pencil on paper
36 x 30 cm
This image is a recurring one I have whenever I think of my deployment to East Timor (now Timor Leste) in 1999. The location was a desperately poor village near the border with West Timor. There was no infrastructure or power, just dirt roads and undeveloped huts. Everyone recalled the enthusiastic welcome we received every time we visited. Near the village centre there was a row of hastily dug graves that contained victims of the militia’s vile and bloody grab for power. We had arrived too late to save them. Many of us were enraged about the cowardly imposition of violence on these lovely people. One of the local children, pausing his football game, was curious as to why a visitor paused to pay his respects.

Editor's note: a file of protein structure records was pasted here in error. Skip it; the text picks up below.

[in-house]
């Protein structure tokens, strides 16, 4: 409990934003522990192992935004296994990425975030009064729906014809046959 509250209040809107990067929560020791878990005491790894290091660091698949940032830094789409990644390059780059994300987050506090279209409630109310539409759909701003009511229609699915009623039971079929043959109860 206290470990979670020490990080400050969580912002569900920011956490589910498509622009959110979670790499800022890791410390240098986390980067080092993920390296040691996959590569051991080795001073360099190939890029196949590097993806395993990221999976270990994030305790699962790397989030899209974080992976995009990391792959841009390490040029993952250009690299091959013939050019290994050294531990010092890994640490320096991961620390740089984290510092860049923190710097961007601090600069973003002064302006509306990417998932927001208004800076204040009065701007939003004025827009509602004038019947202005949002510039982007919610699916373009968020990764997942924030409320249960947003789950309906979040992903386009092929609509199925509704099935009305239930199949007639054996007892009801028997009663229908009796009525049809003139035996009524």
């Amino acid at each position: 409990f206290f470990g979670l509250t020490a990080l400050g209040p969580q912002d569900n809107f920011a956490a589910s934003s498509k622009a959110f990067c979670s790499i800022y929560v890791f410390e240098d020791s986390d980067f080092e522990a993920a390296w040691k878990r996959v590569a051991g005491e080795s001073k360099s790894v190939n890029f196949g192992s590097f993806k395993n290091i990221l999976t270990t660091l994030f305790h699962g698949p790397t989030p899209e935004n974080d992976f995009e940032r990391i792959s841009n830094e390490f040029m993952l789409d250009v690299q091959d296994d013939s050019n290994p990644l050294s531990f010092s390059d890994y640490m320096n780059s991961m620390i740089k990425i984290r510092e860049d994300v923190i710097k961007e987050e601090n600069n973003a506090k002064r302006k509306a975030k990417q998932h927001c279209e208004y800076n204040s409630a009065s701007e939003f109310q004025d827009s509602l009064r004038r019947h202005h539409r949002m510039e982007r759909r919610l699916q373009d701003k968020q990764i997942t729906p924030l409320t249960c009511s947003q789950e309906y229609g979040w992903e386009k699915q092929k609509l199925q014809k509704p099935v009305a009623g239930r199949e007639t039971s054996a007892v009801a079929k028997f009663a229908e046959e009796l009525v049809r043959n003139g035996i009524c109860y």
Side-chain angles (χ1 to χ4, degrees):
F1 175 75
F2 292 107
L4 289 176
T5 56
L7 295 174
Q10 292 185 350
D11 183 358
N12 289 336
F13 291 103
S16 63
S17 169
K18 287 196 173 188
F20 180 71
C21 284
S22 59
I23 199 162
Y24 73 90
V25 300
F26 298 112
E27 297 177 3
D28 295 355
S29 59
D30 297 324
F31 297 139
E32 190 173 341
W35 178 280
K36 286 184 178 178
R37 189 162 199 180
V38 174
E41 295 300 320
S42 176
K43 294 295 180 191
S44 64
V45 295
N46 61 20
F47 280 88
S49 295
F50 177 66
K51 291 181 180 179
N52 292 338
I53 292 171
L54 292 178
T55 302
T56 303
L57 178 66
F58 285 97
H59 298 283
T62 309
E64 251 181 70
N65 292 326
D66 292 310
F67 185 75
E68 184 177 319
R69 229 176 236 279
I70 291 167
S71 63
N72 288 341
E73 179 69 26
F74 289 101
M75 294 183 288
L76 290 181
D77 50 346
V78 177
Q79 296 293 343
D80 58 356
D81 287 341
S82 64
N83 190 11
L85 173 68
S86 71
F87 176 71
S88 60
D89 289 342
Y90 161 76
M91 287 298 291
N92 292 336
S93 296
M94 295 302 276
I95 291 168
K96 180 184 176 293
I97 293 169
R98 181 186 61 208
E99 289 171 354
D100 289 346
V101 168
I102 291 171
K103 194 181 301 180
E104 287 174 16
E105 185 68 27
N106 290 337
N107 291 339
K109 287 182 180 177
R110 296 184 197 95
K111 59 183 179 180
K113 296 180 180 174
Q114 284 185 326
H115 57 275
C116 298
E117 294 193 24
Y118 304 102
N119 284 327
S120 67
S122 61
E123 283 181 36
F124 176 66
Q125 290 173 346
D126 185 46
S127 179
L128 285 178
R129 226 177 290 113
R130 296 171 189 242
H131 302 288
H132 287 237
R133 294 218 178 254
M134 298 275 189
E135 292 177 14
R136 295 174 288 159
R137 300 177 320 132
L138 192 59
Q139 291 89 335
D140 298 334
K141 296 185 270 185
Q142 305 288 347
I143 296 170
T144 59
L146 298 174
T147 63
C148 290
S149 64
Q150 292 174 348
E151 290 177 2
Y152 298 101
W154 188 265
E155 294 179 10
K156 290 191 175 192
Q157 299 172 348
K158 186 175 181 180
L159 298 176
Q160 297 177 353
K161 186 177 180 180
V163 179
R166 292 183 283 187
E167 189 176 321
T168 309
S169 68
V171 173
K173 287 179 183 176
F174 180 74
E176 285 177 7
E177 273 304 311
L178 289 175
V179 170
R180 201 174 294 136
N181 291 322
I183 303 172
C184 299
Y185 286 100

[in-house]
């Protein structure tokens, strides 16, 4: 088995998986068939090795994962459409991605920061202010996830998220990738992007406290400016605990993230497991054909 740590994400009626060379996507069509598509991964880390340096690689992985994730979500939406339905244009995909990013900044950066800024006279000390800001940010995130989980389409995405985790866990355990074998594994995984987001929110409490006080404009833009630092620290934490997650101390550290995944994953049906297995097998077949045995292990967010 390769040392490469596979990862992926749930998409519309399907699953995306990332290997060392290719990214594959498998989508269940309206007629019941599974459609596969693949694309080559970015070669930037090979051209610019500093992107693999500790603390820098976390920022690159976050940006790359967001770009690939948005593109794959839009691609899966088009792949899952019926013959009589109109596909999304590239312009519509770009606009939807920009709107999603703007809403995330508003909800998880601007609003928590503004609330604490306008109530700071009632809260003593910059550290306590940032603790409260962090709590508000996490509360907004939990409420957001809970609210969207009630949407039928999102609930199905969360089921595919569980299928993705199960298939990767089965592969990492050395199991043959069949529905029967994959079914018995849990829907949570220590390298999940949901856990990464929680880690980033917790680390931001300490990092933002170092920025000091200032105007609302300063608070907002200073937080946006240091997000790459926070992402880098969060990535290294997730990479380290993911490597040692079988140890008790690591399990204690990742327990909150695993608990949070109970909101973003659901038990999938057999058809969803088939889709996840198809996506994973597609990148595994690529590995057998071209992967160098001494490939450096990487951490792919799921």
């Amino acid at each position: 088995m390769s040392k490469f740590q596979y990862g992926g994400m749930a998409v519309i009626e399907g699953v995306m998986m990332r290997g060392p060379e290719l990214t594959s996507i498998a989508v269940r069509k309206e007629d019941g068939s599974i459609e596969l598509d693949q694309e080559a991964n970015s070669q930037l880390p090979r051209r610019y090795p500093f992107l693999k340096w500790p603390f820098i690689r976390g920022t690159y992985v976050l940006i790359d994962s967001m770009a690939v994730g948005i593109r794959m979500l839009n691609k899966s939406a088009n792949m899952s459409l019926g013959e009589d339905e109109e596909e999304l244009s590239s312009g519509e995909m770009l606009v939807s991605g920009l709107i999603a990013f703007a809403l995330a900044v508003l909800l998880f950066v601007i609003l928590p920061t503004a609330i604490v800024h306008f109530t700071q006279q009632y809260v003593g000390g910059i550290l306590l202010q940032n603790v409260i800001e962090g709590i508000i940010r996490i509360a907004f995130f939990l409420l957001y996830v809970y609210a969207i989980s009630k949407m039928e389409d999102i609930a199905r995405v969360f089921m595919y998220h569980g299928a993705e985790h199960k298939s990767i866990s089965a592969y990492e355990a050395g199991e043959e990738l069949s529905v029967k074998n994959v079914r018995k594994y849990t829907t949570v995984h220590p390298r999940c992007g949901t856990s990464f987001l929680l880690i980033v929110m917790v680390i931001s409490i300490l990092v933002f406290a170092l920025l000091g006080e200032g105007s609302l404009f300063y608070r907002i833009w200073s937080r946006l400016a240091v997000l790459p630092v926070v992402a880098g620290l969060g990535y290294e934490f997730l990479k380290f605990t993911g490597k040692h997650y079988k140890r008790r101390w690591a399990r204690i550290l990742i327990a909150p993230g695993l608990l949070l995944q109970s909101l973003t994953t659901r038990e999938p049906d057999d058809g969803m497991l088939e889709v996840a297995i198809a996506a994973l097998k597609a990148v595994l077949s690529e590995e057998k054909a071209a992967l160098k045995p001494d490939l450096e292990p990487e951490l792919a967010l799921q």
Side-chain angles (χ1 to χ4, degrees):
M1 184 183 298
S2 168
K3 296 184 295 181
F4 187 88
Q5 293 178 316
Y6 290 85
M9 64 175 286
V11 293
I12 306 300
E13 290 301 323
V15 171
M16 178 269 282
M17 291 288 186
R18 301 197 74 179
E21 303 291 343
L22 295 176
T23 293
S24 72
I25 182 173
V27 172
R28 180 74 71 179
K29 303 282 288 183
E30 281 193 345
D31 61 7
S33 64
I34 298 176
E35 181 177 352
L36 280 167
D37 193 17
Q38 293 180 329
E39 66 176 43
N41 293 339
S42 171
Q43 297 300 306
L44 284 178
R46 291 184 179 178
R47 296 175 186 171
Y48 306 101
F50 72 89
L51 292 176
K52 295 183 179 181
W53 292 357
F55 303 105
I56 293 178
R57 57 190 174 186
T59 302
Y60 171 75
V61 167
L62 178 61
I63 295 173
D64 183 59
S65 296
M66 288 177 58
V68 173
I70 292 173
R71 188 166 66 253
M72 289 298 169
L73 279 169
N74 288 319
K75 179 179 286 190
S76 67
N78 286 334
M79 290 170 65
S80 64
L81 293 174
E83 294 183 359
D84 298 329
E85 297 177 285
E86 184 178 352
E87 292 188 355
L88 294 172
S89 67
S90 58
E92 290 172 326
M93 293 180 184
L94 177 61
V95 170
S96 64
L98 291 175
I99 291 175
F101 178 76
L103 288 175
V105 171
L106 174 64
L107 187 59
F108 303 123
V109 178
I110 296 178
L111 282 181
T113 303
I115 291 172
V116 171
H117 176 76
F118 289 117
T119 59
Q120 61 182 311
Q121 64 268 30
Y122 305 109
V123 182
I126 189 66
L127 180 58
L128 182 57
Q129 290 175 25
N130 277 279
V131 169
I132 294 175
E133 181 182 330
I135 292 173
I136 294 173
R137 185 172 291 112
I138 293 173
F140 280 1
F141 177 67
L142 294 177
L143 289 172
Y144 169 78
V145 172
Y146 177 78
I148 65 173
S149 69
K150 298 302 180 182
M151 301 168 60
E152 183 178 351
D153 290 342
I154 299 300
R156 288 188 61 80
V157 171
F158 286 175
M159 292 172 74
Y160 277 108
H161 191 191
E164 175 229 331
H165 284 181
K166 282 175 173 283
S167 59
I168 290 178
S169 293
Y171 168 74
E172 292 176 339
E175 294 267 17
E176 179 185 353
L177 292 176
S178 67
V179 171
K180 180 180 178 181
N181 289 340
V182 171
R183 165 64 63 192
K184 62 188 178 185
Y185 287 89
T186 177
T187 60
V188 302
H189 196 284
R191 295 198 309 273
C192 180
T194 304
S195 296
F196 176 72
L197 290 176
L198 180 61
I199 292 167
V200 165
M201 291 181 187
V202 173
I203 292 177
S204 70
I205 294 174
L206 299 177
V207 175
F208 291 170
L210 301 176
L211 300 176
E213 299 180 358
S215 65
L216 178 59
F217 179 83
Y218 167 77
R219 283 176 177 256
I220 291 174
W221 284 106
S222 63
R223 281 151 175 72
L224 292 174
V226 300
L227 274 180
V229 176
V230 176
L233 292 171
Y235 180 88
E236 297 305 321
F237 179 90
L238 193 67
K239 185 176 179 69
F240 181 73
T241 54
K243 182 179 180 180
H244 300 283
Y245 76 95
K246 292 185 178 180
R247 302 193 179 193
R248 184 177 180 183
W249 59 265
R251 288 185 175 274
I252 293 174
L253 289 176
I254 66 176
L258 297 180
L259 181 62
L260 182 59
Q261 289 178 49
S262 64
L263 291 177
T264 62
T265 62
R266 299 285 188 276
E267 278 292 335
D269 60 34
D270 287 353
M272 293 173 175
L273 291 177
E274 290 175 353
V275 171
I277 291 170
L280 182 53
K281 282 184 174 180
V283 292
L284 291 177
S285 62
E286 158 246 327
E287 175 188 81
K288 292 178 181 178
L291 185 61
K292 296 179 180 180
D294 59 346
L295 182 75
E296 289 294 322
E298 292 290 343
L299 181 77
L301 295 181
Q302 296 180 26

I have rediscovered drawing and have progressively improved after some long-overdue tuition. I find it focuses my mind and, in this case, I have concentrated more on the child and his relative indifference to death. That we were shocked and outraged illustrates the cultural differences between us. To my surprise, I learnt later that many of the youth co-opted by the militias asked for, and received, forgiveness from the largely Catholic community.